Slowly and steadily the mill – and its reputation – grew. It made the natural progression into fencing as its customer base developed with an emphasis on slats and feather-edge boards.
“It has taken us a long time but we have a built up an excellent customer base now,” he said. “We don’t have a sales manager so all our orders are repeat business and people who have seen what we do and like it. “We like to focus on quality and we feel we deliver that for our customers.
“A lot of the large mills are very good at what they do but their operations are quite rigid so they’re looking to do articulated lorries filled with one product. “We will regularly put seven or eight different sizes and products onto lorries because that’s what our customers want.”
Brian always has one eye on the future and another on the financials. He says the availability and cost of timber are big concerns.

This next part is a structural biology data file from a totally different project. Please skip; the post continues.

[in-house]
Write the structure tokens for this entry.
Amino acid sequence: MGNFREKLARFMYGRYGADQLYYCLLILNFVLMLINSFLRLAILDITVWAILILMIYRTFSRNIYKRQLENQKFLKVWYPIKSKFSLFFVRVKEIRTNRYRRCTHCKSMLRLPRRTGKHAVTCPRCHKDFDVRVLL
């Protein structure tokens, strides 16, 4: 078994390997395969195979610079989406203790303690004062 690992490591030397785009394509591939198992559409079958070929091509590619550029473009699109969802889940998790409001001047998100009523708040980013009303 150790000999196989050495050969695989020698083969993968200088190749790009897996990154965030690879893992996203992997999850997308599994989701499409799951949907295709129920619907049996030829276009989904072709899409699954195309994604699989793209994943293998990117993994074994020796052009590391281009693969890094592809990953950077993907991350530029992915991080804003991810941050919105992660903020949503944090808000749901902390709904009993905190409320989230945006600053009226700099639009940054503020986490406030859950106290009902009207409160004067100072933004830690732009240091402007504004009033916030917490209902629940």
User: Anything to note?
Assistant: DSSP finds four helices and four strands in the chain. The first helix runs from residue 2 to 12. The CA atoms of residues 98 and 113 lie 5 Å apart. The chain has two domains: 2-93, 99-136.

UK timber prices have shot up due to an increase in demand for smaller logs from power stations and, with a weakening of the pound, many house builders are also looking to secure domestic supplies rather than import.
“At the moment it’s quite hard to buy logs – particularly smaller sizes because the power stations are taking them. One nearby is burning close to 700,000 tonnes per year of virgin wood,” Brian said. “Forest owners are doing very well at the moment – probably the best they’ve ever done, but in the past they’ve arguably not been getting the price they deserve. “We don’t know if we have reached the top of the market yet.”
That was one of the key reasons why Brian was attracted to a high production machine. Having the ability to handle large logs which are too big for many markets would allow him more freedom when sourcing timber.
First introductions to the WB2000
At the LIGNA forestry event in Germany in 2017 he came across Wood-Mizer’s WB2000.
He said: “At the time I didn’t know Wood-Mizer made a wide band so it really caught my eye. “They brought it over to a demonstration day in Cumbria so I took Bill to go and look at it. “We make an offer on it there and then.”